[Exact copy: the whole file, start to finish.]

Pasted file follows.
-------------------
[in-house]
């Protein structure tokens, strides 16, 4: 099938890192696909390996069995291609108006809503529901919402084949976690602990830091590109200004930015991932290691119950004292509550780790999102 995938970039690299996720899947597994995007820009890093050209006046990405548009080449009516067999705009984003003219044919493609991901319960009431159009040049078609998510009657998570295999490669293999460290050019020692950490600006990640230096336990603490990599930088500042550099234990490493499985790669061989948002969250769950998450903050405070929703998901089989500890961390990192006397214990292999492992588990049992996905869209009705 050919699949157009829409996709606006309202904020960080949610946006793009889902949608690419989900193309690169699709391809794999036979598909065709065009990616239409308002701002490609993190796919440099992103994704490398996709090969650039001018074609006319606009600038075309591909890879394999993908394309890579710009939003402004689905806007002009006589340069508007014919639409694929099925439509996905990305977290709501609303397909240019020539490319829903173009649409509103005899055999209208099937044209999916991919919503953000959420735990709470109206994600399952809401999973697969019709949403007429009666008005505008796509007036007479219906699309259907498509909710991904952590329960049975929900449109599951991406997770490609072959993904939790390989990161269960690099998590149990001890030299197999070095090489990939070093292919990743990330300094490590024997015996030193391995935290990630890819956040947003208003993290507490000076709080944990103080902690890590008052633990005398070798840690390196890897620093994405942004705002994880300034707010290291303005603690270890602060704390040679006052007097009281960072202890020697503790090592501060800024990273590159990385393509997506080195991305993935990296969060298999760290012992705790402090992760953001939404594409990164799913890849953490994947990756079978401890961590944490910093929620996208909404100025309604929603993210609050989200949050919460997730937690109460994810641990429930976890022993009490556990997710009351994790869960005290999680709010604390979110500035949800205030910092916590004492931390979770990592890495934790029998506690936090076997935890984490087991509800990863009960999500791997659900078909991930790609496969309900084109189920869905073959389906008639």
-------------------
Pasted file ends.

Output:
[in-house]
């Protein structure tokens, strides 16, 4: 099938890192696909390996069995291609108006809503529901919402084949976690602990830091590109200004930015991932290691119950004292509550780790999102 995938970039690299996720899947597994995007820009890093050209006046990405548009080449009516067999705009984003003219044919493609991901319960009431159009040049078609998510009657998570295999490669293999460290050019020692950490600006990640230096336990603490990599930088500042550099234990490493499985790669061989948002969250769950998450903050405070929703998901089989500890961390990192006397214990292999492992588990049992996905869209009705 050919699949157009829409996709606006309202904020960080949610946006793009889902949608690419989900193309690169699709391809794999036979598909065709065009990616239409308002701002490609993190796919440099992103994704490398996709090969650039001018074609006319606009600038075309591909890879394999993908394309890579710009939003402004689905806007002009006589340069508007014919639409694929099925439509996905990305977290709501609303397909240019020539490319829903173009649409509103005899055999209208099937044209999916991919919503953000959420735990709470109206994600399952809401999973697969019709949403007429009666008005505008796509007036007479219906699309259907498509909710991904952590329960049975929900449109599951991406997770490609072959993904939790390989990161269960690099998590149990001890030299197999070095090489990939070093292919990743990330300094490590024997015996030193391995935290990630890819956040947003208003993290507490000076709080944990103080902690890590008052633990005398070798840690390196890897620093994405942004705002994880300034707010290291303005603690270890602060704390040679006052007097009281960072202890020697503790090592501060800024990273590159990385393509997506080195991305993935990296969060298999760290012992705790402090992760953001939404594409990164799913890849953490994947990756079978401890961590944490910093929620996208909404100025309604929603993210609050989200949050919460997730937690109460994810641990429930976890022993009490556990997710009351994790869960005290999680709010604390979110500035949800205030910092916590004492931390979770990592890495934790029998506690936090076997935890984490087991509800990863009960999500791997659900078909991930790609496969309900084109189920869905073959389906008639």